The above techniques can be effective in remedying the organizational impediments to innovation. However, there are also commercial impediments that must be overcome. That will be the topic of my next blog.

maturity as the enemy of innovation

As a software development organization matures, its culture institutionalizes practices that promote quality. The most obvious measures of quality are in terms of defects. The quest for lower defect counts is a noble one.

At the same time, complexity grows as the weight of larger feature sets and lofty requirements are incorporated into the software. With increasing complexity comes a larger development team. A larger team means more division of labor, higher cost of management overhead, and more careful planning to be able to utilize those resources. Division of labor requires the delegation of distinct responsibilities to specialized roles. Decision-making becomes more dispersed and distributed, and a decision will have wider impacts on team members, so good communication becomes a critical success factor.

Unfortunately, decision-making, communication, and the distribution of responsibility are never perfect. The more complex the software, the larger the team, the more distributed the responsibilities, the more specialized the roles, the higher the cost of development. This is not a scalable organizational model. Once a software organization has reached this stage of maturity, it is doomed by inefficiency. Creative individuals are no longer empowered to quickly realize their ideas. Two key requirements to motivate and nurture a creative mind are independence and freedom. The degree to which these environmental factors are blunted is the degree to which innovation is impeded.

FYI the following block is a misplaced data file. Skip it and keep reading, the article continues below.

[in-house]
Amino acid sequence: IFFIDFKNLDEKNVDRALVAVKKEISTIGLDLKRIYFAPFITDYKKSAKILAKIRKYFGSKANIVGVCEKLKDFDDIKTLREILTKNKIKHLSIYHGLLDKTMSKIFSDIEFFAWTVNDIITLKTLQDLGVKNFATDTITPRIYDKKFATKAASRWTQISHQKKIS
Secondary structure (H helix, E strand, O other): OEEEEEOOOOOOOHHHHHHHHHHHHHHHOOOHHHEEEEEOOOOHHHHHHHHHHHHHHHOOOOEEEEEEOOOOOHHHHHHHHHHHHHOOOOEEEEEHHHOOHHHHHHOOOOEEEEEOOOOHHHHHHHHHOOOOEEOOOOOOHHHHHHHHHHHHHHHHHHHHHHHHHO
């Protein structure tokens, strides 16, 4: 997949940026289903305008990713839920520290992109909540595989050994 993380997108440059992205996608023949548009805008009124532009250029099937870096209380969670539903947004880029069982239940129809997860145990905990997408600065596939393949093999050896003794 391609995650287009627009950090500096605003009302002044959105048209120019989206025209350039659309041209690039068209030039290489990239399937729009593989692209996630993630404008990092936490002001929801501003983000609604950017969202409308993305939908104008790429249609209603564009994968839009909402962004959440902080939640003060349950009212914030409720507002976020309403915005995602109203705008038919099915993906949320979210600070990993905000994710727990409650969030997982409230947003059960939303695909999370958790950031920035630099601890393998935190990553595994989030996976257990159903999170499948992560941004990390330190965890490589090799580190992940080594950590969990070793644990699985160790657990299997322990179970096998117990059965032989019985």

Because decision-making is distributed among many people, it becomes impossible for innovative ideas to be realized without winning consensus. Innovative ideas are unconventional ideas. A novel approach often needs to break well-established rules and go against practices that have worked in the past. Innovation is destructive to the status quo. It must be disruptive in order to rise and overtake older practices. Innovation is the product of experimentation and risk-taking, usually resulting in failure and rework. Without an environment that encourages this, there will be no innovation.

The quest for quality through institutionalized practices and disciplined management are in many ways counter to the independence and freedom that motivate a creative mind. Careful project management and planning discourages experimentation with risky new ideas (technical, organizational, and commercial), where many unknowns make results difficult to predict. Risky ideas need experimentation so that many failed attempts can be discarded quickly, allowing successful ideas to be taken to production. Mature organizations respond to higher risk by applying stronger management practices for mitigation, thereby increasing the cost and slowing the pace of failure towards success. In fact, once management smells failure, they immediately work to eliminate it, thereby destroying its very value as a vehicle to learn what will be needed to succeed. This is how many mature organizations have killed off the entrepreneurial spirit. This is the reason why most innovative ideas come from small groups of individuals working in a garage or a small start-up company.